Army ammo count differs from TRC's

Army ammo count differs from TRC's

Almost 200,000 rounds of ammunition, including 500 sniper rounds, were used in military operations to crack down on red-shirt protesters in April and May 2010, according to an army source.

The number is higher than that reported by the Truth for Reconciliation Commission (TRC) which states that only 117,923 rounds were used.

At least 92 people died in violent clashes between troops and red-shirt protesters.

According to the TRC's report, 597,500 bullets were drawn and 479,577 were returned. The TRC's report also contained a chart showing the types of ammunition used.

About 59% were shotgun shells, 30% 5.56x45mm ammunition, 8% .308 bullets, 2% blanks and the remaining 1% 7.62x51mm sniper bullets.

Following the TRC's release of its final report on the 2010 political unrest on Monday, the army rechecked the amount of ammunition used during the operations and found the number to be higher than that reported by the TRC.

According to the source, army commander Prayuth Chan-ocha ordered all units which drew the ammunition to return that which was unused for a recheck following a discrepancy.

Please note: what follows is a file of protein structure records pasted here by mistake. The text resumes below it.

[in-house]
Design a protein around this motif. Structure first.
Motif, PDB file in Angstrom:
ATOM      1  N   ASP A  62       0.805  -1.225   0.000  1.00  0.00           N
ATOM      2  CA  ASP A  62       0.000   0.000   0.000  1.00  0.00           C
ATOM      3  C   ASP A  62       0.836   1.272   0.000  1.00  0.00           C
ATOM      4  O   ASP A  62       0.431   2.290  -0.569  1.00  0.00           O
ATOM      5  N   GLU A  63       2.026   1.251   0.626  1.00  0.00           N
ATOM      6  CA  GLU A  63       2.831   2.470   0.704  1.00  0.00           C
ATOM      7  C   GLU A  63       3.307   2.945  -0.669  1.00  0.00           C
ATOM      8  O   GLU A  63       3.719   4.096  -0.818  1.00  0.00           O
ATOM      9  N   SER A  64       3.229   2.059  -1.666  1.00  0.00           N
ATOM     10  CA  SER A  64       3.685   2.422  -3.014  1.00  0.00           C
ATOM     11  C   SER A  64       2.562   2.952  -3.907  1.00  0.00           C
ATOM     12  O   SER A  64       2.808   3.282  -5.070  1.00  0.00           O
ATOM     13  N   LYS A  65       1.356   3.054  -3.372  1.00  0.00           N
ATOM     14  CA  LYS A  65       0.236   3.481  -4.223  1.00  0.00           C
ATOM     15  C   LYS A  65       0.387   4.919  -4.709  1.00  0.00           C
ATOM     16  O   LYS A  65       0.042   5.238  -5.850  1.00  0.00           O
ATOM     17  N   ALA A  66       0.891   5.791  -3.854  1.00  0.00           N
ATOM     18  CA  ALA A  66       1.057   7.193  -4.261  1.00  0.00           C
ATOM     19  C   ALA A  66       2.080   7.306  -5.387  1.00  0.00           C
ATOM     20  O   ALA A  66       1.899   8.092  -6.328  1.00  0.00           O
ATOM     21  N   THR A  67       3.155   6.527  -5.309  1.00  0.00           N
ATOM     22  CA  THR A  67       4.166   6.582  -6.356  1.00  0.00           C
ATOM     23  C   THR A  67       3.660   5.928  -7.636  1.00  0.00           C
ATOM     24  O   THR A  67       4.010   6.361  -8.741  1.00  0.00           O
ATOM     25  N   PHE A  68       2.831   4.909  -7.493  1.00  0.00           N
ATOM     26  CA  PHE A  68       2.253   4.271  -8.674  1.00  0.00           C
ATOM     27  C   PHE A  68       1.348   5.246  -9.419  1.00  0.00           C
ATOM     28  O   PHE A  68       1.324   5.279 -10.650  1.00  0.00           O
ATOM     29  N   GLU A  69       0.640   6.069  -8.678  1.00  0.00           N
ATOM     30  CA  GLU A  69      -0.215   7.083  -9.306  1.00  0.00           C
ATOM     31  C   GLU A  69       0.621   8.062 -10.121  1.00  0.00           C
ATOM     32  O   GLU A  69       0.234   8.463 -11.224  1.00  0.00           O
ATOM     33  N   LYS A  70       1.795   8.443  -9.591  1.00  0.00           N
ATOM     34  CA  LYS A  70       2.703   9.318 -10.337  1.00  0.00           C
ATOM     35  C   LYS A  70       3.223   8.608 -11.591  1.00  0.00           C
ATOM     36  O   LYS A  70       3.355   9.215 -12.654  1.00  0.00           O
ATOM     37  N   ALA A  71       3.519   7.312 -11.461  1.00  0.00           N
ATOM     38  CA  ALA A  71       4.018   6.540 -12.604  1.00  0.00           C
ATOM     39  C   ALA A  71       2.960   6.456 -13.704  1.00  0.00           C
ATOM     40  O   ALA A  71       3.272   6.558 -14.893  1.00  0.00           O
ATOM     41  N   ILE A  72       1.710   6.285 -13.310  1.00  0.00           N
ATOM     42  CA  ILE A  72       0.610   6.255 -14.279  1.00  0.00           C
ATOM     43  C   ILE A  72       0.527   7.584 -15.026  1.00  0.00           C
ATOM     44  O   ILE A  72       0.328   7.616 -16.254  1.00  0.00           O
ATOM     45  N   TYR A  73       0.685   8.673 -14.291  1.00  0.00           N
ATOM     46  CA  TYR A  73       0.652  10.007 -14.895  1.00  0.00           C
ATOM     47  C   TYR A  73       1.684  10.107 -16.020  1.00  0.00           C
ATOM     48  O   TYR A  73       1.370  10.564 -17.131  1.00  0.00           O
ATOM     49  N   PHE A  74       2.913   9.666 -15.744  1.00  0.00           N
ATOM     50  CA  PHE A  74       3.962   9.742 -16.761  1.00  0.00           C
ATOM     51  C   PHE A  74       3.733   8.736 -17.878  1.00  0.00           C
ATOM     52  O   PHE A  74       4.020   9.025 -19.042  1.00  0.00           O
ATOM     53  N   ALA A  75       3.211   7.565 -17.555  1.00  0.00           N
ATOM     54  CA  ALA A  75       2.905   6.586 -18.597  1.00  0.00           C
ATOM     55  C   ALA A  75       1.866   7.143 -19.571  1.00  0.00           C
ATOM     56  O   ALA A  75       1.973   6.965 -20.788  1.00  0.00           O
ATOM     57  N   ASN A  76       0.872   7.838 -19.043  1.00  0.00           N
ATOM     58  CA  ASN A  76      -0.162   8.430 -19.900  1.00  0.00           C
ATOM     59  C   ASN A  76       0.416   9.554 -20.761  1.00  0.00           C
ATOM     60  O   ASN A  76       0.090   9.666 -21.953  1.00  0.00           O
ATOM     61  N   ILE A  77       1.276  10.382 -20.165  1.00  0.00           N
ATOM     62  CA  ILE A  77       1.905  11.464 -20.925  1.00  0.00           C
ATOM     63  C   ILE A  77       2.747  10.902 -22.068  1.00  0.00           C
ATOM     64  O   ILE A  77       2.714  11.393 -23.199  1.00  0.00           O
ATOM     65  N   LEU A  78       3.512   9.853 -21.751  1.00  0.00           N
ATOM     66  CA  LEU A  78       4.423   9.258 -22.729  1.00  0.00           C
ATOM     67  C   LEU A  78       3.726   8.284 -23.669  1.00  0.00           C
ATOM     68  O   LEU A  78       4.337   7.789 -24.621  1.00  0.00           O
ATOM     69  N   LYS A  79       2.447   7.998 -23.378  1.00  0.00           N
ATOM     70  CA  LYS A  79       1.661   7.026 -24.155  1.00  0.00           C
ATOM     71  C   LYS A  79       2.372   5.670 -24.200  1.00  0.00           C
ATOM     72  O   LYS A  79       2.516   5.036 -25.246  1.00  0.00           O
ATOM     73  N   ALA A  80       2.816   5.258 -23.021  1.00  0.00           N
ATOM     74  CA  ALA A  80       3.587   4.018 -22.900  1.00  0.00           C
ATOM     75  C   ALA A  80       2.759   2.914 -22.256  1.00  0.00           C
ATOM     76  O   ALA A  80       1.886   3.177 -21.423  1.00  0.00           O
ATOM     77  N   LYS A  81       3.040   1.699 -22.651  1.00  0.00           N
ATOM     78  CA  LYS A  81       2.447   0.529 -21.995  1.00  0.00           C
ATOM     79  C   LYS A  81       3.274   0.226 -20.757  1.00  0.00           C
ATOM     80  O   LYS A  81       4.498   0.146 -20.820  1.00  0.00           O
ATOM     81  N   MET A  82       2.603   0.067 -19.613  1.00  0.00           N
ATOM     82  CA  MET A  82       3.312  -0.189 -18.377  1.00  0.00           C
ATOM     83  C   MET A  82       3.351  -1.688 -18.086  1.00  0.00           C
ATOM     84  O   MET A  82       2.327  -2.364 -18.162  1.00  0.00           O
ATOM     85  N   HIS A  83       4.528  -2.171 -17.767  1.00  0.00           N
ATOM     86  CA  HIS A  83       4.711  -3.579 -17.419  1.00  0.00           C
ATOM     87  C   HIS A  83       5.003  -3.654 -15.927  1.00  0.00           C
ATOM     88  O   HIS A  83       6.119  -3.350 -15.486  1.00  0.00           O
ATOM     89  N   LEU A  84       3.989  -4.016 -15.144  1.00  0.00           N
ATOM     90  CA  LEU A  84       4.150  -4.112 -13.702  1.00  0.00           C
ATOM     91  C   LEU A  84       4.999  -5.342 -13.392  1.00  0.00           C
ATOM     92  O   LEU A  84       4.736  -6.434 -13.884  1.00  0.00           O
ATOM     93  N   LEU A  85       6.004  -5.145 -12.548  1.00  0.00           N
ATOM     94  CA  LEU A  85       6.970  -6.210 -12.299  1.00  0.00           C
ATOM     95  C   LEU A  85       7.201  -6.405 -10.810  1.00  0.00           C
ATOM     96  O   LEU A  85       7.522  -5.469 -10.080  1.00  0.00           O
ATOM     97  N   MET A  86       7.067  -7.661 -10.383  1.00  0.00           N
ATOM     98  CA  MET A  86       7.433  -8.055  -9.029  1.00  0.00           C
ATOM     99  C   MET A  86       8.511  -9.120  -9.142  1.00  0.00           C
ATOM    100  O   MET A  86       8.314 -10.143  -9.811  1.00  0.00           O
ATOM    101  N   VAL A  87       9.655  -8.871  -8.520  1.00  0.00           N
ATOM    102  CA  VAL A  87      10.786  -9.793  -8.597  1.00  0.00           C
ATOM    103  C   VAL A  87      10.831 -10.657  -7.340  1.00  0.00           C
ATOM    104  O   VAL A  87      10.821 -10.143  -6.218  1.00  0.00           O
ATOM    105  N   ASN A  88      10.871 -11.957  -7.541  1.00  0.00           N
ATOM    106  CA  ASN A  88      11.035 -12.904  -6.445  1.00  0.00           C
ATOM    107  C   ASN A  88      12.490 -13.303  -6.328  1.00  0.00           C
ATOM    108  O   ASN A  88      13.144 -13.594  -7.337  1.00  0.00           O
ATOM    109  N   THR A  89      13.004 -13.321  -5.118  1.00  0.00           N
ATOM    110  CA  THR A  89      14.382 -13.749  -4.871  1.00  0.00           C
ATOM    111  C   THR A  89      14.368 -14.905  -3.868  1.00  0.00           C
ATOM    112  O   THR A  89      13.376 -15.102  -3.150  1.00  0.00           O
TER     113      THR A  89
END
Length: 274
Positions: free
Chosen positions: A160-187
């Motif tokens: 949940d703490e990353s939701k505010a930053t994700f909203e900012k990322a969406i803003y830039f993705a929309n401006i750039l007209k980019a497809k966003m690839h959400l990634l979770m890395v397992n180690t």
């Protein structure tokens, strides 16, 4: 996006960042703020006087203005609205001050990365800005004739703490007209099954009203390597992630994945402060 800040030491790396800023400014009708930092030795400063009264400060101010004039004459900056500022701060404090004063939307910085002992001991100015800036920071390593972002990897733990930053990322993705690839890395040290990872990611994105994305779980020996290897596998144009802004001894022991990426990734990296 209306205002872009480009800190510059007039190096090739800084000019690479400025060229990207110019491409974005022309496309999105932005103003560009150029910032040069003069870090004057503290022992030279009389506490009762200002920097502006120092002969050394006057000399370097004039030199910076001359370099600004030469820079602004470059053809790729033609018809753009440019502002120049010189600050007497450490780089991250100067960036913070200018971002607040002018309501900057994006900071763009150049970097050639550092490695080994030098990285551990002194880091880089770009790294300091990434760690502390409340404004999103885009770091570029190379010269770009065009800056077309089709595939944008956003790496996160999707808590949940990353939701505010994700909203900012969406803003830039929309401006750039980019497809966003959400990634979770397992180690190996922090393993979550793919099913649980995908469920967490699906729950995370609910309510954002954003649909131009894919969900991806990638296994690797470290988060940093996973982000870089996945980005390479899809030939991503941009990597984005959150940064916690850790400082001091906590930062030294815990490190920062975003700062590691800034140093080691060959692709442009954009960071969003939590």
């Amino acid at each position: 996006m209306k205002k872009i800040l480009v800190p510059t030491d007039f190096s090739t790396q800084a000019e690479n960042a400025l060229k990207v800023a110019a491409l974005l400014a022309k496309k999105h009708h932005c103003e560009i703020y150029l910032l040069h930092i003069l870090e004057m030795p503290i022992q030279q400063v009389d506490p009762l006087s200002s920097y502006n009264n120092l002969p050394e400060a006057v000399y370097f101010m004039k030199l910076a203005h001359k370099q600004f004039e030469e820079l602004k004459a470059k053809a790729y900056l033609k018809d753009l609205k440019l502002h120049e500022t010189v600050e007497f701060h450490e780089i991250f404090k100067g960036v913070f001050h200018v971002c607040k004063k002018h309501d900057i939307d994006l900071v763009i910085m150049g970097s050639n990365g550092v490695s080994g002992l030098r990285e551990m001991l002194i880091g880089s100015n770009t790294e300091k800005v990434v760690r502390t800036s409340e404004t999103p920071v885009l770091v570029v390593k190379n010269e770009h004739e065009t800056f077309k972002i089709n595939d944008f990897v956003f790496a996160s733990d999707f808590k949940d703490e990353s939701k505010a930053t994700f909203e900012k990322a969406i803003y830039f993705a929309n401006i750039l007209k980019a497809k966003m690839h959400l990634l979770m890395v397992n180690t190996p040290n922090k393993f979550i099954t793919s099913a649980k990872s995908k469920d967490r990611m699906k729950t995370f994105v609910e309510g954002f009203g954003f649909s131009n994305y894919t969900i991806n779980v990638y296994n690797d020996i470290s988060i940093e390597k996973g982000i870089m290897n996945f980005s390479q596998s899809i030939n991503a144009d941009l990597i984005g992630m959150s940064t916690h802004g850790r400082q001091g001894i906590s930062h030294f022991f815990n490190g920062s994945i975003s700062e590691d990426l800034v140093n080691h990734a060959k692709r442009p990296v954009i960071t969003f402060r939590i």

The army's report indicates that a total of 778,750 rounds of ammunition were handed out for use in the operations. A total of 586,801 rounds were returned, which meant 191,949 were expended.

There were nine types of ammunition distributed for use including that used by snipers.

A total of 354,000 shotgun shells were drawn and 301,271 were returned, meaning 52,729 rounds were spent.

A total of 181,250 rubber shotgun bullets were drawn and 90,016 rounds were returned.

One type of bullet was not used at all. All 8,500 rounds of 5.56x45mm AP4 ammunition were returned.

A total of 17,260 rounds of 5.56x45mm M193 bullets were returned, out of 20,000 rounds.

About 150,000 5.56x45mm M855 bullets were drawn and 116,716 were returned, while 5,000 rounds from other types of ammunition were drawn and used.

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